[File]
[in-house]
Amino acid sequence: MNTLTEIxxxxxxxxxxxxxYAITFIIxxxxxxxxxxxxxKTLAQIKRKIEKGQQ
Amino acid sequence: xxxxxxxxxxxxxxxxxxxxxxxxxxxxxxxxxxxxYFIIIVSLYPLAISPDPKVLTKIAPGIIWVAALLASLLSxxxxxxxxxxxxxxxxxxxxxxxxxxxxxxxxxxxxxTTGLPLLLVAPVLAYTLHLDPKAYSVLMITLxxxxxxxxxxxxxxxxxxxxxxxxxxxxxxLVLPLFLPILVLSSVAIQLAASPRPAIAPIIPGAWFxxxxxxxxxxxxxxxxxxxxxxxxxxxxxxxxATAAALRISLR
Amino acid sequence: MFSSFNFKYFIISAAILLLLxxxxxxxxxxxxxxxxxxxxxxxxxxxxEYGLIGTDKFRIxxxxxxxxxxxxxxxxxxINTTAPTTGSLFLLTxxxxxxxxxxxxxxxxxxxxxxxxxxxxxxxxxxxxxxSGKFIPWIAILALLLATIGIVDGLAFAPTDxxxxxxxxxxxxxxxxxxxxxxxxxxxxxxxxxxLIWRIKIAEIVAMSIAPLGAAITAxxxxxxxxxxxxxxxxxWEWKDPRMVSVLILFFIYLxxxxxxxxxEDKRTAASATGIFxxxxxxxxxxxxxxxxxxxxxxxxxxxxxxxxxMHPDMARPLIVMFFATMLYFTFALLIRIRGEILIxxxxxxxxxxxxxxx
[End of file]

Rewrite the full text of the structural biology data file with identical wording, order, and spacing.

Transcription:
[in-house]
Amino acid sequence: MNTLTEIxxxxxxxxxxxxxYAITFIIxxxxxxxxxxxxxKTLAQIKRKIEKGQQ
Amino acid sequence: xxxxxxxxxxxxxxxxxxxxxxxxxxxxxxxxxxxxYFIIIVSLYPLAISPDPKVLTKIAPGIIWVAALLASLLSxxxxxxxxxxxxxxxxxxxxxxxxxxxxxxxxxxxxxTTGLPLLLVAPVLAYTLHLDPKAYSVLMITLxxxxxxxxxxxxxxxxxxxxxxxxxxxxxxLVLPLFLPILVLSSVAIQLAASPRPAIAPIIPGAWFxxxxxxxxxxxxxxxxxxxxxxxxxxxxxxxxATAAALRISLR
Amino acid sequence: MFSSFNFKYFIISAAILLLLxxxxxxxxxxxxxxxxxxxxxxxxxxxxEYGLIGTDKFRIxxxxxxxxxxxxxxxxxxINTTAPTTGSLFLLTxxxxxxxxxxxxxxxxxxxxxxxxxxxxxxxxxxxxxxSGKFIPWIAILALLLATIGIVDGLAFAPTDxxxxxxxxxxxxxxxxxxxxxxxxxxxxxxxxxxLIWRIKIAEIVAMSIAPLGAAITAxxxxxxxxxxxxxxxxxWEWKDPRMVSVLILFFIYLxxxxxxxxxEDKRTAASATGIFxxxxxxxxxxxxxxxxxxxxxxxxxxxxxxxxxMHPDMARPLIVMFFATMLYFTFALLIRIRGEILIxxxxxxxxxxxxxxx